Work continues on the renovation of the Little House, and although to the outsider it might not appear that much progress has been made (“have Chad and Rachel actually made things worse? Was that even possible? Looks like it was…”), we promise that, to us, things are looking amazing. Please keep in mind that it’s all relative, but we’re pretty excited with the progress that’s been made in the last month.
To bring everyone back up to speed, see the picture of the entire property, below:
The main house is the farthest on the right. It has a 1970s addition coming off the left/south side, which attaches the main house to the summer kitchen. The building in the middle of the picture with the gray roof is the smokehouse, and the building on the far right is the Little House – its nakedness in the roof area should make it especially recognizable.
Our last post left off with a house that had no roof and no second-story floors. Below, we’re standing between the first and second floors. No big deal. Please also note the original nails protruding from the beams – a.k.a., the Tetanus Delivery Team.
For a complete gut job, we needed to remove the floors on the first floor, as well, including the floor boards, the deteriorating floor joists, and all of the junk that had fallen from the second floor, above. We thought we were so clever when we just pushed that stuff down below…until we had to shovel it all out by hand, later…[insert forehead slap, here].
But before we talk any more about the house, first, I would like everyone to note an important life event: I have officially overtaken Chad for the most degrees in the household. With all of those letters after my name, they were also able to brainwash me into wearing a graduation hat that is even more ridiculous than normal (a “tam” rather than your standard mortar board – it is questionable whether anyone with curly hair should be allowed to wear these things) – and I LOVED it! Embrace the nerd. I was also very honored that Chad’s dad, who is also an alum of the University of Richmond School of Law, was able to present me with my diploma.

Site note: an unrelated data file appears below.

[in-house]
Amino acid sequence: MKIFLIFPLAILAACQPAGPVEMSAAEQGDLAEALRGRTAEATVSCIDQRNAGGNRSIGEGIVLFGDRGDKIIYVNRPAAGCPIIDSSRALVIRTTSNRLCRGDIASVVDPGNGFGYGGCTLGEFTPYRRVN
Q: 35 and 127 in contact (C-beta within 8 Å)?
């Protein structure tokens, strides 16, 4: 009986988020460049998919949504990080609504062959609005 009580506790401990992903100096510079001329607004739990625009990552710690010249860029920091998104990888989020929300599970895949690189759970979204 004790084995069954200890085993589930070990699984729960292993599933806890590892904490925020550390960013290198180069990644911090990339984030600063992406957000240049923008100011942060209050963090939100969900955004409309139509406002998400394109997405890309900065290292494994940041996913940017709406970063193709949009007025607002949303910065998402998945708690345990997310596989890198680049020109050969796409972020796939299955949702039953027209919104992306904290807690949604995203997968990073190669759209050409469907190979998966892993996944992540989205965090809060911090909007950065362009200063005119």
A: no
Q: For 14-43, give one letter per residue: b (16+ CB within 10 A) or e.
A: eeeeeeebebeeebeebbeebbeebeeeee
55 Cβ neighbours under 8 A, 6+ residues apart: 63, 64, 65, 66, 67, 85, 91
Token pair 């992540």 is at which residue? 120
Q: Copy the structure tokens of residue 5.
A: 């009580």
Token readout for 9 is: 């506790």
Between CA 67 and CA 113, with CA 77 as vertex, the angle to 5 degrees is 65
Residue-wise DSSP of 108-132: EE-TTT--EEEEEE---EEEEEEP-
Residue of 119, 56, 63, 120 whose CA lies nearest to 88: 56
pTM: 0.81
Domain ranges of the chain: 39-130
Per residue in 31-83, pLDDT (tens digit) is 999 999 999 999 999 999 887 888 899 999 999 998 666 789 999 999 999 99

Once I crossed that stage, my first full time job as an “esquire” became preparing for the bar examination, while also moonlighting as a house flipper. You’ve got to take study breaks, right?
As we began pulling the floor boards up with crow bars, we realized that there were two generations of flooring. The most recent floor consisted of narrow boards running north and south, which much wider boards running east and west underneath.
In one downstairs room, the two layers of floor were separated by newspaper dating from the early 1940s. The headlines concerned the war updates from Europe, and there were advertisements for Sealtest milk, sweat-resistant women’s stockings, and the critically acclaimed “Pabst Blue Ribbon.” Greatness never dies!
Once all of the floorboards were removed, we found floor joists in a wide array of conditions. Those exposed to weather were obviously suffering from rot, but some that had remained protected were in near-perfect condition.
The joists are actually notched into the brick wall; the masons built up to the level of the joists, omitted a brick to leave room for the end of a joist to rest, and then continued to build the wall around and above the joist.
We removed all of the flooring and joists, loaded them on pallets, and have stashed them away for future use.
Anyone with suggestions on neat ways to repurpose these, let us know!